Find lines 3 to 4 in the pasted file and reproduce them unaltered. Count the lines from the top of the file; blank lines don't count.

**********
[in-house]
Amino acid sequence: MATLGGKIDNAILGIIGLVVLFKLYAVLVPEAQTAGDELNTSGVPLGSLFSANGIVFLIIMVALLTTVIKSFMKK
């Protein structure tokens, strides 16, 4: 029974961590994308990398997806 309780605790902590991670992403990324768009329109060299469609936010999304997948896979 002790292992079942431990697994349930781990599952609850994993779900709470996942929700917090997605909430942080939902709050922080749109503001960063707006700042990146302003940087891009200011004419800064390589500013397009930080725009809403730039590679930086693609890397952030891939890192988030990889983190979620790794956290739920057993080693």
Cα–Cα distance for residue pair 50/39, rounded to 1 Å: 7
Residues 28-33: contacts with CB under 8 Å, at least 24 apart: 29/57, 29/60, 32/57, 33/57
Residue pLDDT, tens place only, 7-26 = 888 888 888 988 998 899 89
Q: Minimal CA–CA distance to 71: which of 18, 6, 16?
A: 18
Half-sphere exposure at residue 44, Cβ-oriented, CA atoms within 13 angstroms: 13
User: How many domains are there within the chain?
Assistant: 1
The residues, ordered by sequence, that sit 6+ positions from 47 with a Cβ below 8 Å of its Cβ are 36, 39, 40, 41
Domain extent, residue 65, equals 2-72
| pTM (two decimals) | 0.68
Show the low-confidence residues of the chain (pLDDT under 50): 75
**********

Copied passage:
């Protein structure tokens, strides 16, 4: 029974961590994308990398997806 309780605790902590991670992403990324768009329109060299469609936010999304997948896979 002790292992079942431990697994349930781990599952609850994993779900709470996942929700917090997605909430942080939902709050922080749109503001960063707006700042990146302003940087891009200011004419800064390589500013397009930080725009809403730039590679930086693609890397952030891939890192988030990889983190979620790794956290739920057993080693």
Cα–Cα distance for residue pair 50/39, rounded to 1 Å: 7